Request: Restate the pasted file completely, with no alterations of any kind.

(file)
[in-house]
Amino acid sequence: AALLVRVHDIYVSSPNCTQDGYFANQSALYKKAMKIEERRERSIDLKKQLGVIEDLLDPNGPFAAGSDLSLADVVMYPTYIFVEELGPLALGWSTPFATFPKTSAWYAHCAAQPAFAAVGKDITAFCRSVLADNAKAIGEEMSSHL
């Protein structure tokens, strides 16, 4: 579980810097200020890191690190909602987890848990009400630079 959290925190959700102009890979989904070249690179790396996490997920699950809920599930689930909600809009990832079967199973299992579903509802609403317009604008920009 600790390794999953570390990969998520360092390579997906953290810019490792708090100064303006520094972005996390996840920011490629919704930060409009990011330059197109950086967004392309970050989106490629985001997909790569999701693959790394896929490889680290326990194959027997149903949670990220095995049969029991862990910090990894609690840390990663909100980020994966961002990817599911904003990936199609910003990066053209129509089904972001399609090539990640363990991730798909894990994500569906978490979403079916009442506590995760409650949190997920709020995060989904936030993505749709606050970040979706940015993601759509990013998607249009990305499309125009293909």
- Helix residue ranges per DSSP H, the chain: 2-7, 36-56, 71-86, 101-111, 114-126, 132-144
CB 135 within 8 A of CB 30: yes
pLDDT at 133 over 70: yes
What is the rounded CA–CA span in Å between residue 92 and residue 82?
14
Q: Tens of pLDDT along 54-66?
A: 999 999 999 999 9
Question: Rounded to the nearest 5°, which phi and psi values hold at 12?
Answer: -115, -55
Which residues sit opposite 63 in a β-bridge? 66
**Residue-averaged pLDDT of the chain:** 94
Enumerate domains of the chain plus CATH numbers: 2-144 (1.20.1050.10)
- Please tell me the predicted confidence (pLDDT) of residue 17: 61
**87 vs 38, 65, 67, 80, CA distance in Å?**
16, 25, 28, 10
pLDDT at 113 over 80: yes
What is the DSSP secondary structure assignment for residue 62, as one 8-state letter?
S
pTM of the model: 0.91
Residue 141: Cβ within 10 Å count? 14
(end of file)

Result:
[in-house]
Amino acid sequence: AALLVRVHDIYVSSPNCTQDGYFANQSALYKKAMKIEERRERSIDLKKQLGVIEDLLDPNGPFAAGSDLSLADVVMYPTYIFVEELGPLALGWSTPFATFPKTSAWYAHCAAQPAFAAVGKDITAFCRSVLADNAKAIGEEMSSHL
């Protein structure tokens, strides 16, 4: 579980810097200020890191690190909602987890848990009400630079 959290925190959700102009890979989904070249690179790396996490997920699950809920599930689930909600809009990832079967199973299992579903509802609403317009604008920009 600790390794999953570390990969998520360092390579997906953290810019490792708090100064303006520094972005996390996840920011490629919704930060409009990011330059197109950086967004392309970050989106490629985001997909790569999701693959790394896929490889680290326990194959027997149903949670990220095995049969029991862990910090990894609690840390990663909100980020994966961002990817599911904003990936199609910003990066053209129509089904972001399609090539990640363990991730798909894990994500569906978490979403079916009442506590995760409650949190997920709020995060989904936030993505749709606050970040979706940015993601759509990013998607249009990305499309125009293909």
- Helix residue ranges per DSSP H, the chain: 2-7, 36-56, 71-86, 101-111, 114-126, 132-144
CB 135 within 8 A of CB 30: yes
pLDDT at 133 over 70: yes
What is the rounded CA–CA span in Å between residue 92 and residue 82?
14
Q: Tens of pLDDT along 54-66?
A: 999 999 999 999 9
Question: Rounded to the nearest 5°, which phi and psi values hold at 12?
Answer: -115, -55
Which residues sit opposite 63 in a β-bridge? 66
**Residue-averaged pLDDT of the chain:** 94
Enumerate domains of the chain plus CATH numbers: 2-144 (1.20.1050.10)
- Please tell me the predicted confidence (pLDDT) of residue 17: 61
**87 vs 38, 65, 67, 80, CA distance in Å?**
16, 25, 28, 10
pLDDT at 113 over 80: yes
What is the DSSP secondary structure assignment for residue 62, as one 8-state letter?
S
pTM of the model: 0.91
Residue 141: Cβ within 10 Å count? 14